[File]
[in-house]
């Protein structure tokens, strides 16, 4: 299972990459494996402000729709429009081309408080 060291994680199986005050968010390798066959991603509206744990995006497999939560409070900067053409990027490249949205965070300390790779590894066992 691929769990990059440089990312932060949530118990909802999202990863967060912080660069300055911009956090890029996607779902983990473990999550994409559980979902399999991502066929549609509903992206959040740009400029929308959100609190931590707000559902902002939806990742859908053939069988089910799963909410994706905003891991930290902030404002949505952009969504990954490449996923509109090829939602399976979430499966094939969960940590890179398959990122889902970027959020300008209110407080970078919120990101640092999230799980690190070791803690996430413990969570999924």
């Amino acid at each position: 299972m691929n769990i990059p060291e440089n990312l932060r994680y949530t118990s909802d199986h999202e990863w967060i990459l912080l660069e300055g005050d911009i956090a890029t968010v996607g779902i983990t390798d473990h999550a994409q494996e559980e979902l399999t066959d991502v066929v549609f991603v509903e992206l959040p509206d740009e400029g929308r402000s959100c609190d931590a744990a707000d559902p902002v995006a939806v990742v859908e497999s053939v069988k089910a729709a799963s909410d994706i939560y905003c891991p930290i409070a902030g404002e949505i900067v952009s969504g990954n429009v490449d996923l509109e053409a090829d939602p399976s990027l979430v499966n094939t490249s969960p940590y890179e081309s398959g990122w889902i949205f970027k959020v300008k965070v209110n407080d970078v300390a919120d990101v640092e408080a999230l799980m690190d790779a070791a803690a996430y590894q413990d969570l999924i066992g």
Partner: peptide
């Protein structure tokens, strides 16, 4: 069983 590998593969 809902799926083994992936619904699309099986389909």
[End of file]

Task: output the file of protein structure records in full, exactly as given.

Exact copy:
[in-house]
């Protein structure tokens, strides 16, 4: 299972990459494996402000729709429009081309408080 060291994680199986005050968010390798066959991603509206744990995006497999939560409070900067053409990027490249949205965070300390790779590894066992 691929769990990059440089990312932060949530118990909802999202990863967060912080660069300055911009956090890029996607779902983990473990999550994409559980979902399999991502066929549609509903992206959040740009400029929308959100609190931590707000559902902002939806990742859908053939069988089910799963909410994706905003891991930290902030404002949505952009969504990954490449996923509109090829939602399976979430499966094939969960940590890179398959990122889902970027959020300008209110407080970078919120990101640092999230799980690190070791803690996430413990969570999924």
């Amino acid at each position: 299972m691929n769990i990059p060291e440089n990312l932060r994680y949530t118990s909802d199986h999202e990863w967060i990459l912080l660069e300055g005050d911009i956090a890029t968010v996607g779902i983990t390798d473990h999550a994409q494996e559980e979902l399999t066959d991502v066929v549609f991603v509903e992206l959040p509206d740009e400029g929308r402000s959100c609190d931590a744990a707000d559902p902002v995006a939806v990742v859908e497999s053939v069988k089910a729709a799963s909410d994706i939560y905003c891991p930290i409070a902030g404002e949505i900067v952009s969504g990954n429009v490449d996923l509109e053409a090829d939602p399976s990027l979430v499966n094939t490249s969960p940590y890179e081309s398959g990122w889902i949205f970027k959020v300008k965070v209110n407080d970078v300390a919120d990101v640092e408080a999230l799980m690190d790779a070791a803690a996430y590894q413990d969570l999924i066992g």
Partner: peptide
């Protein structure tokens, strides 16, 4: 069983 590998593969 809902799926083994992936619904699309099986389909």